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photograph of current display in the Grand Vestibule

A display highlighting the interaction between the monarchy and the wider world

Ashanti or South Akan tribe

Cap (krobonkye) nineteenth century

RCIN 62904

Grand Vestibule, Windsor Castle

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Caps of this kind were worn by Ashanti state sword-bearers and other officials on important occasions. The main gold strips are in the form of a crocodile – a symbol of adaptability, since the animal is admired for its ability to live in water, yet breathe air.

The cap was almost certainly seized by British troops during the Anglo-Ashanti War of 1873–74. Sir Garnet Wolseley's forces looted the palace of the defeated Asantehene, King Kofi Karikari, King of the Ashanti (c.1837–1884), at Kumasi, and removed numerous gold items and textiles. Some of these objects were sold at a public auction in Cape Coast prior to the troops' return to England; others were bought by Garrard & Co. in London for £11,000 and sold by them in the spring of 1874.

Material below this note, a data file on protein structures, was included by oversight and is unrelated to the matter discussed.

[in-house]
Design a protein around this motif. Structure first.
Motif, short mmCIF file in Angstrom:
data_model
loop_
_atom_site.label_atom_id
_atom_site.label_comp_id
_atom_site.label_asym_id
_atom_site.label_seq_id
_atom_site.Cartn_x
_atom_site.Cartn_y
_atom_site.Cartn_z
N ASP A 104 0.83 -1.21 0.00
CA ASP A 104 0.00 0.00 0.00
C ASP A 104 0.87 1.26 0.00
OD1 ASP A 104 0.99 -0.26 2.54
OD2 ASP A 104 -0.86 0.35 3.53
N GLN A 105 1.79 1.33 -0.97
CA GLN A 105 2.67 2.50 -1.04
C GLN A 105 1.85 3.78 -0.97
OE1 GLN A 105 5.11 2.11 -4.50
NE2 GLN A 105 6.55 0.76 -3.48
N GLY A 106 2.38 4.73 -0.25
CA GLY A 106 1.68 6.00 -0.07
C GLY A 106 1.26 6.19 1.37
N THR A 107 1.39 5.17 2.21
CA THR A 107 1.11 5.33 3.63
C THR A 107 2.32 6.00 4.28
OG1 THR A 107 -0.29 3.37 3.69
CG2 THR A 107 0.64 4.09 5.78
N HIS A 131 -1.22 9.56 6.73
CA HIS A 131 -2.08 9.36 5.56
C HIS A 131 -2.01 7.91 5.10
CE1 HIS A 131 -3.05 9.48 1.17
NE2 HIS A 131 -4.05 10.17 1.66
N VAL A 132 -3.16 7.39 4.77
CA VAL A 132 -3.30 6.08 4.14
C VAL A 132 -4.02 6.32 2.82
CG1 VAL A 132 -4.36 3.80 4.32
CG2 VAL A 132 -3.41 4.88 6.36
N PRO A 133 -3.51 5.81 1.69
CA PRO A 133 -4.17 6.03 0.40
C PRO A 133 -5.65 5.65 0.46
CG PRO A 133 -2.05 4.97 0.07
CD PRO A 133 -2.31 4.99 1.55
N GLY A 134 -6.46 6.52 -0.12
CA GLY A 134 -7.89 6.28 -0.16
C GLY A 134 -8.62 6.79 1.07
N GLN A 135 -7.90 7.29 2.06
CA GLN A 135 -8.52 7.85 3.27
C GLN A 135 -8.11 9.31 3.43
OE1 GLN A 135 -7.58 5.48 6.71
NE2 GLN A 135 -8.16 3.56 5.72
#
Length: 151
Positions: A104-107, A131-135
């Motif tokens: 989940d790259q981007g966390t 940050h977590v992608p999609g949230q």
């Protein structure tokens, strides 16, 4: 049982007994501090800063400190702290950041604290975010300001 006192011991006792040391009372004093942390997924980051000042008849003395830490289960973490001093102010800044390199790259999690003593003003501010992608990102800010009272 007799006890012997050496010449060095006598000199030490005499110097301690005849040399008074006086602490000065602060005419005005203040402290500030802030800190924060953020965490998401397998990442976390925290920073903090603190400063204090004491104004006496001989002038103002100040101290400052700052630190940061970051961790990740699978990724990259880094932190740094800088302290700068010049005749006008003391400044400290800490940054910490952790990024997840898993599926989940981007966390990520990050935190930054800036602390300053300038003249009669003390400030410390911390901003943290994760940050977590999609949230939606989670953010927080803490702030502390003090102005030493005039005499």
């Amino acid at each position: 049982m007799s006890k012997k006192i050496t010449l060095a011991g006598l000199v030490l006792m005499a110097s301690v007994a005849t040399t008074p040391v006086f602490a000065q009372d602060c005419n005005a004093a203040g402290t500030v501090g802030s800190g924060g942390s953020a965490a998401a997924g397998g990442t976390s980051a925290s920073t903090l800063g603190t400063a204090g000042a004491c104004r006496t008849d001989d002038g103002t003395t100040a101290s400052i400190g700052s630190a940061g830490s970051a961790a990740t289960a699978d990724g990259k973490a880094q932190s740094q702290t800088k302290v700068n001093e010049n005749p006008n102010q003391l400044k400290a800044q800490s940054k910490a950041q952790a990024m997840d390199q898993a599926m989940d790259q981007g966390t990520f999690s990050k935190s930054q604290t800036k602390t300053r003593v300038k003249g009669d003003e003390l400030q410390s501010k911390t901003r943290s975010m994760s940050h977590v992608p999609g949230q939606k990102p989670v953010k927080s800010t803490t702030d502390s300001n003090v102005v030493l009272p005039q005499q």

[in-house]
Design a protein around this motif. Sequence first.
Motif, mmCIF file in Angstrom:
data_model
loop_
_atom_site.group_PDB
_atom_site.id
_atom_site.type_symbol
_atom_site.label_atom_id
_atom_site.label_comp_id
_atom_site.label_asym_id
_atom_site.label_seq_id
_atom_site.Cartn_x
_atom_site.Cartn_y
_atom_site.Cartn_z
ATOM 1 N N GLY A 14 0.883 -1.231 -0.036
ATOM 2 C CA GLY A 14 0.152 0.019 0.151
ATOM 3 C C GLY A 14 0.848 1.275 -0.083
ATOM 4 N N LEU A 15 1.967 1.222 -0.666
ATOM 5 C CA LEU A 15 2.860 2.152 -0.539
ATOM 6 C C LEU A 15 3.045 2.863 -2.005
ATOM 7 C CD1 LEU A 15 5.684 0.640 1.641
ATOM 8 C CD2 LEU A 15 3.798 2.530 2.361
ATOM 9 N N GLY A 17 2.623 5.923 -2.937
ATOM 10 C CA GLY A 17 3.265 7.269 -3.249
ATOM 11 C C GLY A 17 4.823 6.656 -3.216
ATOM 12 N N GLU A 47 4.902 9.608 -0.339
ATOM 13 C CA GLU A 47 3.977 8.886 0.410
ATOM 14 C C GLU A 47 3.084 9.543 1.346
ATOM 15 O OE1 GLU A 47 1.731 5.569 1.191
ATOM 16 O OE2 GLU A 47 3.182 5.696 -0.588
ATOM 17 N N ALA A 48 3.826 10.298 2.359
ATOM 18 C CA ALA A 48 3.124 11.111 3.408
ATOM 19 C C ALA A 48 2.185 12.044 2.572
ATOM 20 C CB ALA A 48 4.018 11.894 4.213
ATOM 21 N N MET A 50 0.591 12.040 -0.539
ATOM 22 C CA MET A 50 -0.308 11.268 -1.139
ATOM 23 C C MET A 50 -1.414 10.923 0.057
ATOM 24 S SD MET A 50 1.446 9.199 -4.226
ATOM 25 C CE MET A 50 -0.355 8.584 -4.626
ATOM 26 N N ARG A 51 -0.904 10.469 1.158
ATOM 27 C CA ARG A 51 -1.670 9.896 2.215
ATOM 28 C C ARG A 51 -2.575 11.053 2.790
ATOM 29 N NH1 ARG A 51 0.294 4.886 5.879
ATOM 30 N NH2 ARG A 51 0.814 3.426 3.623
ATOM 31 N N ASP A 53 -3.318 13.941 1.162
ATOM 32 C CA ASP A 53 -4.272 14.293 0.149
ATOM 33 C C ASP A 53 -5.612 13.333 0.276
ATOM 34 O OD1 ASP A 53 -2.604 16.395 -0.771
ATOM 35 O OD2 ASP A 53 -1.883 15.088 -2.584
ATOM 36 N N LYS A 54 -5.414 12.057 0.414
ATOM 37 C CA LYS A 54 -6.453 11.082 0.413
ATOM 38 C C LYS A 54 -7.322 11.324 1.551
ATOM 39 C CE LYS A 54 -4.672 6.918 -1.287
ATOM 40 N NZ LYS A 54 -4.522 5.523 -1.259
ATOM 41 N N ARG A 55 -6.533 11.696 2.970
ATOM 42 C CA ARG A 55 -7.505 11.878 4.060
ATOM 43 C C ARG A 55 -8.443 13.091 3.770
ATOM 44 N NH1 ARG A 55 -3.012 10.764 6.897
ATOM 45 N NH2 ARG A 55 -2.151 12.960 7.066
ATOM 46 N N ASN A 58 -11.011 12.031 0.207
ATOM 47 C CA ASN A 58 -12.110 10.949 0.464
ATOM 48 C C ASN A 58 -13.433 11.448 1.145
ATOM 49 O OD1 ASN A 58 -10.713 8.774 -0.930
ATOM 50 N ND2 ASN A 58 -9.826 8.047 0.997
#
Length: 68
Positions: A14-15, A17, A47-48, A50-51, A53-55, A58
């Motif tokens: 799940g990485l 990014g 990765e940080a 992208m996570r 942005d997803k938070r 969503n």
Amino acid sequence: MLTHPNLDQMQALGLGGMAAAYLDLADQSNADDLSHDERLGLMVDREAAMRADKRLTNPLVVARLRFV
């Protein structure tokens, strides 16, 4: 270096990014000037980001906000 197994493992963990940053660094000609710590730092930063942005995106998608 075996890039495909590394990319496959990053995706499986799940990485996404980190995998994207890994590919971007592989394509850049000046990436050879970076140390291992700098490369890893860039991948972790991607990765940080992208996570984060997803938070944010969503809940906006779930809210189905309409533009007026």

It is not known exactly how this piece entered the Royal Collection; it was first recorded at Windsor Castle in 1866.